THE Government’s controversial planning reforms will protect the "most precious environments" in the country, the Chancellor George Osborne insisted today.
But his comments on the new planning system, which will come into effect as soon as it is published next week, prompted renewed concerns that the majority of England’s countryside will be at risk from damaging development.
A bitter battle has raged over the plans to slim down more than 1,000 pages of planning guidance to just 50 since a draft version of the document was published last summer, amid fears it could lead to a return to urban sprawl.
Announcing that the final version of the national planning policy framework would be published on Tuesday, Mr Osborne said the central theme of the overhaul - a ``presumption in favour of sustainable development" - would stay.
Highlighting the pro-growth agenda which has driven the bid to reduce the planning framework, he said the move was the "biggest reduction in business red tape undertaken".
He warned: "Global businesses have diverted specific investments that would have created hundreds of jobs in some of the most deprived communities in Britain to countries like Germany and the Netherlands, because they couldn’t get planning permission here.
"That is unacceptable."
He said the new planning arrangements would come in with immediate effect, prompting concerns that local authorities which had not already drawn up "local plans" to steer development in their area would be forced to approve all schemes under a requirement to operate a default "yes" to development.
Adam Royle, spokesman for the Campaign to Protect Rural England, said Mr Osborne’s reference to protecting "the most precious environments" could spell bad news for the wider countryside.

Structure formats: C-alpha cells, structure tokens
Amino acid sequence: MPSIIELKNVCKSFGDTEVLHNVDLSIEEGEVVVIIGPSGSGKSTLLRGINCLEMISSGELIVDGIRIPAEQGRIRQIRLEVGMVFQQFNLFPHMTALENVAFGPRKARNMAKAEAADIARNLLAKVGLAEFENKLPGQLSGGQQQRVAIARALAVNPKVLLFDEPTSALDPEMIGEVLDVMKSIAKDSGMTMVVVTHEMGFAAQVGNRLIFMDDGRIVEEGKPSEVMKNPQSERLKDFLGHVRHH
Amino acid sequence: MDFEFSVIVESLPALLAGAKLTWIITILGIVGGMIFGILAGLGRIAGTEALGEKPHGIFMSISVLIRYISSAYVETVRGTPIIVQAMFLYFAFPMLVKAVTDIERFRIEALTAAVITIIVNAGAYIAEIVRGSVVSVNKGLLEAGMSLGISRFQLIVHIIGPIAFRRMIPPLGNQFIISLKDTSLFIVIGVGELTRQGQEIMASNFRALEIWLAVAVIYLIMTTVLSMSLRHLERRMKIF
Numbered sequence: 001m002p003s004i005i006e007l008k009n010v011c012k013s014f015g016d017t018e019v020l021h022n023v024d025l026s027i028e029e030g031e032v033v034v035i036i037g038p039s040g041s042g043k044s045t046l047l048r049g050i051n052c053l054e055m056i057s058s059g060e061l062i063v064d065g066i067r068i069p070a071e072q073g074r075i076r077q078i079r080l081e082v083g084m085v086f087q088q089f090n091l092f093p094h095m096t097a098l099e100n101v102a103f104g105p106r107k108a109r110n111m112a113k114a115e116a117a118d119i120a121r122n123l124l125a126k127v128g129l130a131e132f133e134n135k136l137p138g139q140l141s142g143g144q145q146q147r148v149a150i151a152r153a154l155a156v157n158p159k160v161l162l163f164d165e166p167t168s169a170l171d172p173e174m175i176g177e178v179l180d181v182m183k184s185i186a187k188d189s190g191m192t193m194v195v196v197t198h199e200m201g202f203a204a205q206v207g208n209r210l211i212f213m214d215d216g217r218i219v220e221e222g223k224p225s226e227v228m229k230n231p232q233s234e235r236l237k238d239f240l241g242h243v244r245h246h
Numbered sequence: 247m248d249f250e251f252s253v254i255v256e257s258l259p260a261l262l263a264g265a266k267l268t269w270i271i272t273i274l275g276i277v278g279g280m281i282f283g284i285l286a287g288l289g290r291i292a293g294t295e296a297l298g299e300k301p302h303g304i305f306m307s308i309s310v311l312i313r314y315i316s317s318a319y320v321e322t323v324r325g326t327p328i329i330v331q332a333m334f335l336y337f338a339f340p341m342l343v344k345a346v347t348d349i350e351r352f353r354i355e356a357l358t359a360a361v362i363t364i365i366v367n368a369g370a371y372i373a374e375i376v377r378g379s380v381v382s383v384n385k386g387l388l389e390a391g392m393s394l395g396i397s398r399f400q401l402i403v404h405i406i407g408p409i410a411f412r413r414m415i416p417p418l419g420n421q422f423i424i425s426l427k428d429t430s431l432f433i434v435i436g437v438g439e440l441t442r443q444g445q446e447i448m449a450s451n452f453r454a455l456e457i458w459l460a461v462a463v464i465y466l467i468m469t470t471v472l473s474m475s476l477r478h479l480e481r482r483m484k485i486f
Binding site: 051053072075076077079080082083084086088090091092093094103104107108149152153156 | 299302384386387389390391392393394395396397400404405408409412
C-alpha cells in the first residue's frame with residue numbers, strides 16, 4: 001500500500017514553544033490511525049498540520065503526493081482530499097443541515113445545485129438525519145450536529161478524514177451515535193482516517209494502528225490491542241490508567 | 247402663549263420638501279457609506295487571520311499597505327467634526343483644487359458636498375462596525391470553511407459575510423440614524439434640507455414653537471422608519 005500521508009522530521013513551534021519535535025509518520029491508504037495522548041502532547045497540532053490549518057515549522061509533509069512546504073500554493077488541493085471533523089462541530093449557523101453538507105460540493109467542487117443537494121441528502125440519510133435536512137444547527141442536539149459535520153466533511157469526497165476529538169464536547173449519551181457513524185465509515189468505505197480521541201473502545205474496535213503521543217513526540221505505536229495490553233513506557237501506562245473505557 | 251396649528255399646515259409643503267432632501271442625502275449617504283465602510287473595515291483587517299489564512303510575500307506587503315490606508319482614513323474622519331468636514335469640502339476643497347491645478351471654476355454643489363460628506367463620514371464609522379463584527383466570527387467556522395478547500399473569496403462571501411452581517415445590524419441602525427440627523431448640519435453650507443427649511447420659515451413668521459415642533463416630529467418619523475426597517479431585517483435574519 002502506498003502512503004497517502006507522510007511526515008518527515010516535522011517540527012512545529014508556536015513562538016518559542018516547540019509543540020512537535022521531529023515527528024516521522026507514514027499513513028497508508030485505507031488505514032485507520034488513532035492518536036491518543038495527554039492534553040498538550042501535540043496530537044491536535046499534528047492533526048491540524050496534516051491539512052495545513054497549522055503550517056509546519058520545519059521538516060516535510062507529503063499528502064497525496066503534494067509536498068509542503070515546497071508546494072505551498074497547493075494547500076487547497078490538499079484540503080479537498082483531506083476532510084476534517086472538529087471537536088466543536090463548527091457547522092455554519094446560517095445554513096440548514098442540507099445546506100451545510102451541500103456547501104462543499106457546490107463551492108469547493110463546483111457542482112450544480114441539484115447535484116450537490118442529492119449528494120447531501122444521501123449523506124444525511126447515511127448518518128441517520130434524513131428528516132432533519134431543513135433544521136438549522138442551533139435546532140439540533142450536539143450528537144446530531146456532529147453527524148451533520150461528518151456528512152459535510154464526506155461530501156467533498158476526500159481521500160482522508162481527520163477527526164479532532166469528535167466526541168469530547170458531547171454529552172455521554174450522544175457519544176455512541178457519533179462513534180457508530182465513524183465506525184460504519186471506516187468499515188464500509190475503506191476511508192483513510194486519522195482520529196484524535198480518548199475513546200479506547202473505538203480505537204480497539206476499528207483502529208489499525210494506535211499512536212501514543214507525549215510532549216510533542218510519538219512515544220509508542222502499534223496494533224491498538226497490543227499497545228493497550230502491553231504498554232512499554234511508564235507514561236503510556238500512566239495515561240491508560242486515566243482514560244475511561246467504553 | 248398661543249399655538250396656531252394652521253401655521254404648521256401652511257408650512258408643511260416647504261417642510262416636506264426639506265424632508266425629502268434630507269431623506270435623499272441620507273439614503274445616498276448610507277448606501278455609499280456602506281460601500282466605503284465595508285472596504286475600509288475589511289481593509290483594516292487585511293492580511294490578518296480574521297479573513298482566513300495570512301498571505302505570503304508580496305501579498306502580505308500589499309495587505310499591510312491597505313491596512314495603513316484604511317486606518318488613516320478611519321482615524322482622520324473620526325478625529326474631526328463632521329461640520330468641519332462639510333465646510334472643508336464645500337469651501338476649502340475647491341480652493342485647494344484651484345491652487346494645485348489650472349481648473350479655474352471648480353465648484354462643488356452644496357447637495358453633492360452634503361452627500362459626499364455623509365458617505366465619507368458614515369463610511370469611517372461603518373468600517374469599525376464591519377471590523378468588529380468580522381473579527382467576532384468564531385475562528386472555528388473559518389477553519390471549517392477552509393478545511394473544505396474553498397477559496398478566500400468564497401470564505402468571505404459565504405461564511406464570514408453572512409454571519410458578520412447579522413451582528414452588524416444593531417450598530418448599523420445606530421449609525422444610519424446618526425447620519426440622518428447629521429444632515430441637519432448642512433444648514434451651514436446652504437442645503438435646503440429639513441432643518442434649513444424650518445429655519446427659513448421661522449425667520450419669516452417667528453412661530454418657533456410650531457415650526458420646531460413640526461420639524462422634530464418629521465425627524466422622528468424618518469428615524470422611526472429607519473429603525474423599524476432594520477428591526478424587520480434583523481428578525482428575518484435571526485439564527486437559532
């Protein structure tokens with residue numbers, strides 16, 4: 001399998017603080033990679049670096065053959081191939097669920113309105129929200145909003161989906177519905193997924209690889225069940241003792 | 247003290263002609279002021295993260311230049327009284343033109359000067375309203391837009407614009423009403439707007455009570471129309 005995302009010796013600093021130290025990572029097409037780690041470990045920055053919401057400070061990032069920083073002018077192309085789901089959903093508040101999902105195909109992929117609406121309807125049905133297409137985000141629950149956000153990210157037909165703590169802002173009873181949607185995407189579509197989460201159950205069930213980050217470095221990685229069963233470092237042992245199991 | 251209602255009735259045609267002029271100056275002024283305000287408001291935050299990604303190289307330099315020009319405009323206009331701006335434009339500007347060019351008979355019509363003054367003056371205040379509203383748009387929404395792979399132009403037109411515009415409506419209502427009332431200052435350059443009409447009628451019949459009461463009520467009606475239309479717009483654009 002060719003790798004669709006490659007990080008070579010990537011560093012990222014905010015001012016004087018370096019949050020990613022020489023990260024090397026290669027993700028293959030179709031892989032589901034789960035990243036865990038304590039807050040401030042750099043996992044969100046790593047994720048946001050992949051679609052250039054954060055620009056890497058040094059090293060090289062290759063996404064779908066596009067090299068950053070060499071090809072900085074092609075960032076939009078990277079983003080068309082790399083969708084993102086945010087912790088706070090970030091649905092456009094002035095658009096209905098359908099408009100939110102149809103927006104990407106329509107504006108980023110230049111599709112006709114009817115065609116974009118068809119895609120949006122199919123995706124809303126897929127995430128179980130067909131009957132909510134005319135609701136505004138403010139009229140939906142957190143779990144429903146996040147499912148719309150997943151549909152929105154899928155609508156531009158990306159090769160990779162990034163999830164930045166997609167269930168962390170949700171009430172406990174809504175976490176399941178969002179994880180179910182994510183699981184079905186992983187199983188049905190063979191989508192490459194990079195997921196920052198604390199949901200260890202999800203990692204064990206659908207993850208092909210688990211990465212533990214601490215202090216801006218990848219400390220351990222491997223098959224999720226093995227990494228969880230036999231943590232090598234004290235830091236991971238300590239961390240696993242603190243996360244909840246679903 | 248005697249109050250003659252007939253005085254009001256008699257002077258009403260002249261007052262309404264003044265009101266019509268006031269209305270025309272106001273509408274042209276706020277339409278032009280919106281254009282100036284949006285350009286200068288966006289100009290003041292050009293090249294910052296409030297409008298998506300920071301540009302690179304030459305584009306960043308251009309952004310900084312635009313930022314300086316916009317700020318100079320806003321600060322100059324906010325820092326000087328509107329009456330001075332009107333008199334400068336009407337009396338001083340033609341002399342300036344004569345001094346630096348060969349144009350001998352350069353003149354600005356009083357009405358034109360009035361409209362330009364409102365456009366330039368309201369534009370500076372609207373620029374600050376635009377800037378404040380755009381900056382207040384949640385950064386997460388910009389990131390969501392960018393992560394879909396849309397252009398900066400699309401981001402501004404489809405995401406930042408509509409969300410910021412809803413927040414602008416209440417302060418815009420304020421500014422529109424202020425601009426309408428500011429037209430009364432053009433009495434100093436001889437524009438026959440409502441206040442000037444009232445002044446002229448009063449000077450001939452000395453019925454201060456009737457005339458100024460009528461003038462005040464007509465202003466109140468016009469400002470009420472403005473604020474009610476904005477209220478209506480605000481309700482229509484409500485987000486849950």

"From the Chancellor’s words we fear the long-standing protection for the wider countryside will be abandoned.
"That would mean that 55% of English countryside, including many locally loved green spaces, could be placed at the mercy of developers.
"Also extremely worrying is the suggestion that communities may not be given any time to ensure their local plans conform to the new framework.
"This could leave more then one third of areas that don’t currently have a plan exposed to a crude ’presumption in favour of sustainable development’."
Friends of the Earth’s executive director Andy Atkins said: "Osborne says new planning rules will protect our most precious environments but unless they address the environmental challenges we all face, ministers will pave the way for a development free-for-all that will cost us all a fortune in the long run.
"Bringing in the changes will put local plans at risk and allow developers to ride roughshod over local communities."
Estate agents have warned a stamp duty raid on £2 million homes could hit all homeowners and buyers by triggering a slowdown in the areas of the property market which have been vital to supporting prices.
Chancellor George Osborne announced a stamp duty rate of 7% on homes costing £2 million or more from midnight tonight, which will mostly affect buyers in London, an area which has been key in supporting the market by recording consistent price growth due to strong overseas buyer interest.
Estate agents said the Chancellor risks "killing the goose that lays the golden egg" at a time when much of the housing market remains flat elsewhere.
The Chancellor said it is "fair when money is tight, and so many families could do with help, that those buying the most expensive homes contribute more".